Recent Articles
Why Democratic Party had to Suspend Former Lawmaker
Tuesday, May 26, 2015
Why Democratic Party had to Suspend Former Lawmaker

To: Letters to the Editor, South China Morning Post

From: Emily Lau, chairperson, Democratic Party and Legco member

26 May 2015


Dear Sir,


Your editorial on 24 May criticised the Democratic Party (DP) Central Committee's decision to suspend the membership of Mr Nelson Wong Sing-chi, a former DP Legislative Councillor and a former member of the DP Central Committee, for breaking ranks with the party to launch a petition to give the government political reform package backing conditional  on minor concessions. You said "it ill becomes a group that preaches democracy and inclusiveness to turn on someone with dissenting views....To say you are either 100 per cent with us on political reform or against us is more akin to the style of an authoritarian party."


Being a member of the DP Central Committee, which exercises leadership over party affairs, Mr Wong seldom attended our meetings and rarely discussed this hot topic with us. Thus when he made his views known in the news media many weeks ago, many DP members were stunned. We were shocked because he had not discussed or debated this issue with us. His views were in sharp contrast to the decision of the Central Committee and caused uproar and consternation within the party. Because Mr Wong gave so many interviews to the electronic and print media, many members of the public thought he was speaking on behalf of the DP. Some even thought he was trying to steer the DP away from our opposition to the government package and to get the six DP Legco members to vote in support of the package.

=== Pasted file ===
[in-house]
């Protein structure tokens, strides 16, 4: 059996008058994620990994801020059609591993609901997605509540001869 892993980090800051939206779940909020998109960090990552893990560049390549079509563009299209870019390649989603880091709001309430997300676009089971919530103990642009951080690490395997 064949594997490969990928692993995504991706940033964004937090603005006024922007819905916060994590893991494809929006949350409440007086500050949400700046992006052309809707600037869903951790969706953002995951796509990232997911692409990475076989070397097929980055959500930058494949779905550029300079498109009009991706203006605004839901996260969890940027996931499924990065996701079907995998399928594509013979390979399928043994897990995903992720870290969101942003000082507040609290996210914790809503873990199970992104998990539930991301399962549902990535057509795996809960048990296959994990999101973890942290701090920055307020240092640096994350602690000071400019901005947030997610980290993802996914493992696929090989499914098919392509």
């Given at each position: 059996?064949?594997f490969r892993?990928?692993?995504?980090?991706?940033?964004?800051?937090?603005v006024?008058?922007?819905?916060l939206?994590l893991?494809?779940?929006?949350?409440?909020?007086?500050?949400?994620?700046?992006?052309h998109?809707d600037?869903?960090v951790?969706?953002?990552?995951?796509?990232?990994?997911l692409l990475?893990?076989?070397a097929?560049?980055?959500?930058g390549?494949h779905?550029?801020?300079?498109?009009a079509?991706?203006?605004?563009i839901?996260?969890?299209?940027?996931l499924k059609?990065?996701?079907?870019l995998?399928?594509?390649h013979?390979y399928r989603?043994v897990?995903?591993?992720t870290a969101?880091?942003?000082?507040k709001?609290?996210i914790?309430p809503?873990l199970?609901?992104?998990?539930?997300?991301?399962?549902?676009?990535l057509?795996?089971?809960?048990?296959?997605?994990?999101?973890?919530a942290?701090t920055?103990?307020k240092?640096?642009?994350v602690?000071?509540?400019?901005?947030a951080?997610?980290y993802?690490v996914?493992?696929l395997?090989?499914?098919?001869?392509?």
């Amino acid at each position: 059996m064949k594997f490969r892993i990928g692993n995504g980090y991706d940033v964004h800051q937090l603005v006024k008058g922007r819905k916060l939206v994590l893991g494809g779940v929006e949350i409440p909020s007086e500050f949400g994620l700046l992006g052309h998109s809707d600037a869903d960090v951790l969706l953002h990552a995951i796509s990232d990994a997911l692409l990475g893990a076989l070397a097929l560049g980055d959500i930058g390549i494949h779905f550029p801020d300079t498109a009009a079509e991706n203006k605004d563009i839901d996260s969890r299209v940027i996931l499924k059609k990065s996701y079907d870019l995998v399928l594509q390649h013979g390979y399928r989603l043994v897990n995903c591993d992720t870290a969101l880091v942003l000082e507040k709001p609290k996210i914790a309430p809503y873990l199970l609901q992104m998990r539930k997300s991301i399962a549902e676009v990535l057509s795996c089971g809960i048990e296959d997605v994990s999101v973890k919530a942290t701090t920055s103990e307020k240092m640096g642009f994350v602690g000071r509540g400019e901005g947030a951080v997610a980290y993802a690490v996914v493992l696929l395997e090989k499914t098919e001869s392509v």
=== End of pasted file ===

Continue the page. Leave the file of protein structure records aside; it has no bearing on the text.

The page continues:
Such confusion and misunderstanding has done a lot of damage to the DP. This is because members of the public expect political parties to have clear and unambiguous position on important public policies, and they cannot understand or accept a member of the party leadership expressing views which are in sharp contrast to the party's professed position,


Mr Wong's views, which were widely broadcast in the news media, have undermined public support and confidence in the DP, and caused unhappiness and dismay within the party. Responding to members' anger and concern, he resigned from the Central Committee on 16 April. However that did not stop him from continuing with his campaign to get the party to support the government package, saying it was better than nothing. Then he announced his plan to launch a petition. Mr Albert Ho, Legco member and former DP chair, urged him not to do it. Albert said if he insisted, he would move a motion in the Central Committee meeting to suspend his membership. Mr Wong refused to listen, until shortly before the vote was taken. Many members felt Mr Wong's action had done grave damage to the party and so the Central Committee voted 21 to 1 to suspend his membership on 21 May. In so doing, we want to send a clear signal to the community DP will not support the government package because it will not give the Hong Kong people genuine choice. Looking at the sequence of events, I don't see how any reasonable person can describe the action taken by the DP is akin to the style of an authoritarian party.


Yours sincerely,

Emily Lau


Democratic Party